Faith, Hope and a Home of One’s Own

Buying a home is the biggest financial investment most people will ever make and usually involves taking out a loan. A mortgage is the usual solution, but it’s not for everyone. Lack of financial resources is the most common reason for not taking out a loan.

But for some people, the reason is that their religion prohibits interest-bearing loans. 

Photo: Trondheim kommune

In Islam, there is a clear prohibition on riba – often translated into English as ‘interest’ or ‘usury’. In Norway, interest-free alternatives to traditional mortgages are not available.

For this reason, in our study of Islamic finance, religion and housing, we have focused on what this lack of Islamic mortgages means for Muslims in Norway. The study has given us insight into the experiences of a small group of  people with immigrant background. It has also generated  findings about how religion – and living in accordance with religious beliefs – is experienced when encountering one of the world’s most secular societies, where the government seeks to uphold policies inclusive of diverse religions and life stances.  

Housing and integration 

In Norway, more than three out of every four people live in a home that is owned either by themselves or by a household member. Home ownership has been a stated political objective in post-war Norway, and has been considered a pillar of the welfare state. Many initiatives have supported the idea that everyone should be able to own their own home, although this has become more difficult with time. Home ownership is also an important way of passing on assets to the next generation, through inheritance.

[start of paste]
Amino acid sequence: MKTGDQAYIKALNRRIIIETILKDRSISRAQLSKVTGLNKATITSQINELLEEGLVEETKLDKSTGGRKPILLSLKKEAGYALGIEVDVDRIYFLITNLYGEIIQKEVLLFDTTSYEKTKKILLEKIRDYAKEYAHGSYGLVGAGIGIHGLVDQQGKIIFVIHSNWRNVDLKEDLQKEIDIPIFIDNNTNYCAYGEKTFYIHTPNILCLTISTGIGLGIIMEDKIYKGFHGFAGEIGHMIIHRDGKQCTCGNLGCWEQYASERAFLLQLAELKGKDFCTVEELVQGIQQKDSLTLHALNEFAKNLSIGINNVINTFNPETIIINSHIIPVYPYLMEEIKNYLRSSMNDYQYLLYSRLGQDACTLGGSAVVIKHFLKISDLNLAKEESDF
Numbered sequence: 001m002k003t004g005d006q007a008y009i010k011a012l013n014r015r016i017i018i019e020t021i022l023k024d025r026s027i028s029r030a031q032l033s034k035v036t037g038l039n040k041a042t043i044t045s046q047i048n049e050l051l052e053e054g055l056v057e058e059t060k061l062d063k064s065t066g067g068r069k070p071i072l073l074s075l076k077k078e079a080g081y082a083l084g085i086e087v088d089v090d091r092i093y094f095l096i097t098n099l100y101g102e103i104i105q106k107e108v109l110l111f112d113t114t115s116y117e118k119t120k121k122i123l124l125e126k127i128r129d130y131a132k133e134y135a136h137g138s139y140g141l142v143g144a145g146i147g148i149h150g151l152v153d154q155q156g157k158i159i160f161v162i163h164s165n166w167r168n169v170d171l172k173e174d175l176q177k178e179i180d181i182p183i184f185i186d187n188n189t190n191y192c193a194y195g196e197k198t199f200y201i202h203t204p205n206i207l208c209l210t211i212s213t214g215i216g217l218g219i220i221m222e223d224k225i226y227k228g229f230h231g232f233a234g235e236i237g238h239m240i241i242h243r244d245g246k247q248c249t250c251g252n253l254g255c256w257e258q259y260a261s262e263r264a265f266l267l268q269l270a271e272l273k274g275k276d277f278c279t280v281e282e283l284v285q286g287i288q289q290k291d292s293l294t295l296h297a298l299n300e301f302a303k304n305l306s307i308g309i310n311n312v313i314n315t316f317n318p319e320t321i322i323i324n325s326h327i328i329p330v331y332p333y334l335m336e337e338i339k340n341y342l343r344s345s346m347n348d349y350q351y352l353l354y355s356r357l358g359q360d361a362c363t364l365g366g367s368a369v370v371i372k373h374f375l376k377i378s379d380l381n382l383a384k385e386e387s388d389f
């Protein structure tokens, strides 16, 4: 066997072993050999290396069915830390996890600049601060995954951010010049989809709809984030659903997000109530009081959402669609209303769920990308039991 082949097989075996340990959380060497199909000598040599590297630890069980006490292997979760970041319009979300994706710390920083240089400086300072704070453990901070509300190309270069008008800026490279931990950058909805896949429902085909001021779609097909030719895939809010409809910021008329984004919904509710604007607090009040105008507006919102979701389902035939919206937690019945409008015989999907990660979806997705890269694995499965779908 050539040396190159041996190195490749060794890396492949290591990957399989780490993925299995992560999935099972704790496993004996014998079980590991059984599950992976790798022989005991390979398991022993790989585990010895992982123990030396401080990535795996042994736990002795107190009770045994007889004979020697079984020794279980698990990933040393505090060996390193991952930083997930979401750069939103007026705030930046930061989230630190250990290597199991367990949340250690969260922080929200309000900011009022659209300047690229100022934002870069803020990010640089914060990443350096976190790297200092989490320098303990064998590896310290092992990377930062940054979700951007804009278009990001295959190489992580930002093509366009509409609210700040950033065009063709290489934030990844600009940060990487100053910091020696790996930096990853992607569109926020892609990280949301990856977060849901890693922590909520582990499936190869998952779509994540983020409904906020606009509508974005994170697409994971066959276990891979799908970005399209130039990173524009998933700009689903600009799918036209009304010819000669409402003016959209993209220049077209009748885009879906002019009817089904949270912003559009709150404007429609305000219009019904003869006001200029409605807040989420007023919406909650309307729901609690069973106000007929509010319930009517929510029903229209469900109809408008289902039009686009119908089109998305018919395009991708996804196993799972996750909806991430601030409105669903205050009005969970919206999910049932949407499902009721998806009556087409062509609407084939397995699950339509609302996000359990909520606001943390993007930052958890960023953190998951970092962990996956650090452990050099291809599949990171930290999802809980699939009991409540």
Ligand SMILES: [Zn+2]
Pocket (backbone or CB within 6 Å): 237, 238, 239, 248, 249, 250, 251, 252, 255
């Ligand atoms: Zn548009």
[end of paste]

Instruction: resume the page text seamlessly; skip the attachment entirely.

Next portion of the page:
The ideal of “home ownership for all” also applies to Norway’s immigrant population. Home ownership is seen almost as an indicator of integration. According to Statistics Norway’s 2017 survey on living conditions among immigrants, over half of the respondents lived in a home that was owned by themselves or a household member.  

However, there is much variation between different immigrant groups. More than eight out of ten immigrants from Pakistan lived in a home that was owned by themselves or a household member. The corresponding figure for immigrants from Somalia, however, was two of  ten. Many factors, often linked to financial circumstances, particularly employment, income and education, contribute to these disparities. Time also plays a decisive role: the length of time people have lived in Norway tends to vary, at least in part, according to country of origin. But other factors also play a role, including immigrants’ diverse entry points into Norwegian society, and encounters with its social norms.  

Religion, financial circumstances and home ownership 

For people who are religious, their religious convictions may influence their financial choices. We find that Islamic norms concerning money are important to many practising Muslims. Almost all the research participants in our focus groups and interviews agreed that the Islamic prohibition on interest was important. Meanwhile,  this prohibition affected their choices in different ways.  

Both Muslim scholars and ordinary Muslims can differ in their interpretations of the Islamic prohibition on interest, with some understanding riba to refer only to interest of an extortionate or usurious nature. In order to help members of Muslim minority populations to buy their own homes, a council of Muslim leaders in Europe has issued a fatwa (a legal ruling on a point of Islamic law) that allows Muslims to take interest-bearing mortgages in cases of “necessity”, i.e. where no alternative is available. This exception is justified on the basis that owning a home is important for the ability to enjoy a stable and secure lifestyle similar to that enjoyed by others.